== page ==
Thursday, September 25, 2014

Kansas History Field Trip (Days 3 and 4)

Wednesday morning we traveled from Topeka to Atchison. Our first stop was the Santa Fe Depot Museum. A tour guide gave us a quick overview then we meandered through the small, but very interesting museum. The children liked the clip of the song "On the Atichison, Topeka, and the Santa Fe" in a Judy Garland movie "The Harvey Girls". We read an account of Reverend Pardee Butler and pro slavery ruffians who set him afloat on the MO River with a 2 board raft intending that he drown so his blood wouldn't be on their hands.




For lunch we ate at a soda fountain that was recommended. Burgers, sloppy joes, egg salad, tenderloin and chips were our fare.





We walked through the Amelia Earhart Birthplace Museum in a beautiful old home built in 1861. Lots of reading and non touchable exhibits, neat maps and photos.

front porch of Amelia's grandparents home overlooking the Missouri River
Next we meandered down the shady town streets following a brochure that pointed out opulent and splendid historic homes, architecture, and dates. Some had beautiful carriage houses behind. We watched a video in one restored horse barn. Atchison was one of the first settlements when the Kansas Territory was opened in 1854. It's position on the bend of the Missouri River helped it become an important supply point  with steamboats docking , then later the railroad originating here. It is a lovely romantic anniversary kind of place!

There is a marker where Abraham Lincoln gave a speech outside the courthouse years ago during his campaign. Back then, the KS-MO border towns were hotbeds for debate!

tour group picture by Abe Lincoln marker
We ate out of our coolers for supper on the river's edge at The Lewis & Clark Trail Park. On July 4, 1804 their expedition passed through and camped in the vicinity.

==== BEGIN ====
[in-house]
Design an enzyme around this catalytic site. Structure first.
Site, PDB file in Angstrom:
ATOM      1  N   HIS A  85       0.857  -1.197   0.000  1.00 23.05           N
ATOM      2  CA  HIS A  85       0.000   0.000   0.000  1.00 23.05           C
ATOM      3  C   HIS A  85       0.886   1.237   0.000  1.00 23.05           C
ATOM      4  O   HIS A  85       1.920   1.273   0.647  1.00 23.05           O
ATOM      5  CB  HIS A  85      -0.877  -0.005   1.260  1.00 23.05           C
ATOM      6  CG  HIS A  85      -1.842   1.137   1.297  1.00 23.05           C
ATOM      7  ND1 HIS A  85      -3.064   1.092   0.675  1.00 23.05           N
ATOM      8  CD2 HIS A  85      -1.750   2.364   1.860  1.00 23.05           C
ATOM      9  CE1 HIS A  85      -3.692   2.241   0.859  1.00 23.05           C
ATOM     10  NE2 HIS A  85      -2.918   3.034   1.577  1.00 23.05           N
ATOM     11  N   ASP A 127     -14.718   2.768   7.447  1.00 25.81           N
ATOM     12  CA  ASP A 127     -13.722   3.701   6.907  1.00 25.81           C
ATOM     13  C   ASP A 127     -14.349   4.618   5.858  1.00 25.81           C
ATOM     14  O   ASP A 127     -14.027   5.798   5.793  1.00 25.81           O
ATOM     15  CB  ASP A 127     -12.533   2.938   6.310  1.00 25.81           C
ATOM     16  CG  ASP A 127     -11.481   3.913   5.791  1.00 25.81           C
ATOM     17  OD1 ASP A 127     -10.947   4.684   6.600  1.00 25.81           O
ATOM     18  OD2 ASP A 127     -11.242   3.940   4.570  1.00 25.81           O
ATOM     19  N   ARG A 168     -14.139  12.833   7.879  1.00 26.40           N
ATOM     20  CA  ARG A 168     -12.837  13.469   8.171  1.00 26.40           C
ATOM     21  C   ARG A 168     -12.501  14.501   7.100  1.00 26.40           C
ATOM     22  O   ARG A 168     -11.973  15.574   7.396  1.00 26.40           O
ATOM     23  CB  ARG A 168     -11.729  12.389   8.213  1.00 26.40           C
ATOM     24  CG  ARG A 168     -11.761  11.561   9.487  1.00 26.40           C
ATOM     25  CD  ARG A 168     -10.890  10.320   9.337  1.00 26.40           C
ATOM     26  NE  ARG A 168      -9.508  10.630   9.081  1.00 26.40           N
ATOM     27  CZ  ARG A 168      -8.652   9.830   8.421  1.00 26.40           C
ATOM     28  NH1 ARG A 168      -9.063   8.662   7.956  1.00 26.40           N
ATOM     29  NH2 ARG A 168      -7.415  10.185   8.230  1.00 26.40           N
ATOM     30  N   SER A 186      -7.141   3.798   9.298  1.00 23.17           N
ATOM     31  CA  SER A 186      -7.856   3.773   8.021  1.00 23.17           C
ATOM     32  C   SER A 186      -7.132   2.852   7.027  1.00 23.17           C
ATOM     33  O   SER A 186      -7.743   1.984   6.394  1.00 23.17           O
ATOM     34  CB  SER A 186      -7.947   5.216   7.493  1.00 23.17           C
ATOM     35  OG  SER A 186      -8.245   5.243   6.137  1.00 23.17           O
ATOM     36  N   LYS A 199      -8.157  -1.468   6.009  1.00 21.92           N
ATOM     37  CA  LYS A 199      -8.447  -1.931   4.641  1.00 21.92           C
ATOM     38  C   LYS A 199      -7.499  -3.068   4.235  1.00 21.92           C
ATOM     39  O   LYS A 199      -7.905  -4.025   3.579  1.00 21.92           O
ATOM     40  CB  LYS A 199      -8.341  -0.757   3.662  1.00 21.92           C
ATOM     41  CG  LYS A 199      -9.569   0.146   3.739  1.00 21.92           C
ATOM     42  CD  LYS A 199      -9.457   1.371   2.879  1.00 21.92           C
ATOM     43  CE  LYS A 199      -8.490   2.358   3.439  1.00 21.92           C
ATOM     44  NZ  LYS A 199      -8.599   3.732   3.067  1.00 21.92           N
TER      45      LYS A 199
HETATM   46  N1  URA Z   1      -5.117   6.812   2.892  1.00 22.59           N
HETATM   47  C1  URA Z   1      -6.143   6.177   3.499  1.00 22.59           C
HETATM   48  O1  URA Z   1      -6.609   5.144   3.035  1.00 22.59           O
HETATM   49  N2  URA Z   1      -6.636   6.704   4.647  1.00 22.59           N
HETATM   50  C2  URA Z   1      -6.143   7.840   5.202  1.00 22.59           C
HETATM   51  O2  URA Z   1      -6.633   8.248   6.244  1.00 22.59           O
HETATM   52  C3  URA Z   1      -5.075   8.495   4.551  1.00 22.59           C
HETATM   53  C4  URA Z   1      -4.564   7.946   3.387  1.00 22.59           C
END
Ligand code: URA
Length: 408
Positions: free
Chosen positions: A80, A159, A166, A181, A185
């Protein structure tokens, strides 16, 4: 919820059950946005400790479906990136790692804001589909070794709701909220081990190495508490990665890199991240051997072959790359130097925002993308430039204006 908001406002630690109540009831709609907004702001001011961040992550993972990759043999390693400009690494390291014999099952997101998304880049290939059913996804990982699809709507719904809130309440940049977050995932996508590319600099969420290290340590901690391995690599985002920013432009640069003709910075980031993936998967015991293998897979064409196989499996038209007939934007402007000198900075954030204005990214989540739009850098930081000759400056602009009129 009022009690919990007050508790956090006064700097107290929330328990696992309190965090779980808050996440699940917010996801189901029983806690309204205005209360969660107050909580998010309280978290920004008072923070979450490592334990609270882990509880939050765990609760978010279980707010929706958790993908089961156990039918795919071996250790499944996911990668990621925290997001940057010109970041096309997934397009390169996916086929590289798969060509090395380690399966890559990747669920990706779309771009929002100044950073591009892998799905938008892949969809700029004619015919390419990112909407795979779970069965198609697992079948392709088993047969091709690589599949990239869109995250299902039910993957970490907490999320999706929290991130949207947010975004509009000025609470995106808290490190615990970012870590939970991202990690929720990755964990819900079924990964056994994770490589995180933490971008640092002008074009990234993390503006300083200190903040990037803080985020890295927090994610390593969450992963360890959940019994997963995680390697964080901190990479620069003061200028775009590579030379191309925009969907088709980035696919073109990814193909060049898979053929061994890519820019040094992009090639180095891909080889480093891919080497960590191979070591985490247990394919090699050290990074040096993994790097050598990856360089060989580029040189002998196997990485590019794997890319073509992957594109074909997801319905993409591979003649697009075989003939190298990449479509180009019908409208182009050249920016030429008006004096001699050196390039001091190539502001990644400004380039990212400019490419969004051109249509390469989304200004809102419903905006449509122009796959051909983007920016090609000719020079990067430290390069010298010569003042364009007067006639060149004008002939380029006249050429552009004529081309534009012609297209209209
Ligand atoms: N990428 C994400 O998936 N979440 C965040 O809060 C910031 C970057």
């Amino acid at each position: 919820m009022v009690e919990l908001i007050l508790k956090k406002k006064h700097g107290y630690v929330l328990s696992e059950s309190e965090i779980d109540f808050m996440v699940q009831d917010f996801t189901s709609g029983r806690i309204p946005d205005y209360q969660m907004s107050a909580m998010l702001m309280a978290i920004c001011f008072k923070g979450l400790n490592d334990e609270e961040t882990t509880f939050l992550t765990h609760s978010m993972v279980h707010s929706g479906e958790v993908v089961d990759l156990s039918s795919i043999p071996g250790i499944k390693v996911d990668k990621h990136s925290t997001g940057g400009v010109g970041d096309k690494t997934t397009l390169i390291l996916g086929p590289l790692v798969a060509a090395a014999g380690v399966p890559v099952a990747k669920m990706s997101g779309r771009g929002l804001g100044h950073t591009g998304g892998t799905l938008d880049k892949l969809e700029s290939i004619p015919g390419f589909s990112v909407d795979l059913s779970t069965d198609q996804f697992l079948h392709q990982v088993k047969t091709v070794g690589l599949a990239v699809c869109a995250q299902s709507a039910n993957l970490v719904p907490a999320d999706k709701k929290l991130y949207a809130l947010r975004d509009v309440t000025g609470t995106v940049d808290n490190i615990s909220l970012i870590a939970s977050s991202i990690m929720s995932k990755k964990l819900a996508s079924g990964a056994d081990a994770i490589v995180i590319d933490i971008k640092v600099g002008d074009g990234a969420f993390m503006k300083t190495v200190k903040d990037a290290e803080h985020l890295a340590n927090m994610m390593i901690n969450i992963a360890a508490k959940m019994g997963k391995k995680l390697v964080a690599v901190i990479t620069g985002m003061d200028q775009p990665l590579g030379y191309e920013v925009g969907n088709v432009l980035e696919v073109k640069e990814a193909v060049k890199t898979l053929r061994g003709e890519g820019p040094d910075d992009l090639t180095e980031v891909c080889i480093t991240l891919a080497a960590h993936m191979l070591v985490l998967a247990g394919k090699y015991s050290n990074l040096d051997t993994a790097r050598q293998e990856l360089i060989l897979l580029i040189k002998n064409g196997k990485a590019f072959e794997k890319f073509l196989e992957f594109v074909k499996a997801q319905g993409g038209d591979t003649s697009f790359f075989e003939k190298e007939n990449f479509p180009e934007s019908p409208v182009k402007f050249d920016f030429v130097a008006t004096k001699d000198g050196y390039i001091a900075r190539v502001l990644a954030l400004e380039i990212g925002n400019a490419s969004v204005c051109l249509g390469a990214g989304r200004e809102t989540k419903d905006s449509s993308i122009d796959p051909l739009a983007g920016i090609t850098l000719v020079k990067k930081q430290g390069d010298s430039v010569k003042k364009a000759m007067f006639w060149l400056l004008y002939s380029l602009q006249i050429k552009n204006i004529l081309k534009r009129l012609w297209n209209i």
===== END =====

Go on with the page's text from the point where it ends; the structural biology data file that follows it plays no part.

We stayed at this little churchhouse for 2 nights. The first evening we watched an exciting documentary about Lewis and Clark.

Day 4
Thursday morning breakfast treat at the pastor's home in Atchison. Several of us also showered here for the first time on our trip. 



We drove a half hour south to Leavenworth, entered the army post, and spent the morning inside the Frontier Army Museum. After a picnic lunch and short playtime on a playground. We peeked inside an old chapel (as our tour guide is a retired army chaplain), drove past the National Cemetery, and walked through the Buffalo (black) Soldier Monument.

Next we left post and drove through town to the Veteran's National Cemetery. Sobering, impressive, and beautiful.


The children spotted a fox, stalked him, and chased him into a culvert.

Meg isn't much taller than the cemetery markers.


On our way back to Riverbend Bible Church we passed the impressive penitentiary and picked up rotisserie chicken, dill potato salad, and watermelon at the grocery. After eating, we watched a reenactment video of Quantrill's Raid, the children played board games, and we slept again on the hardwood floor or narrow cushioned pews.

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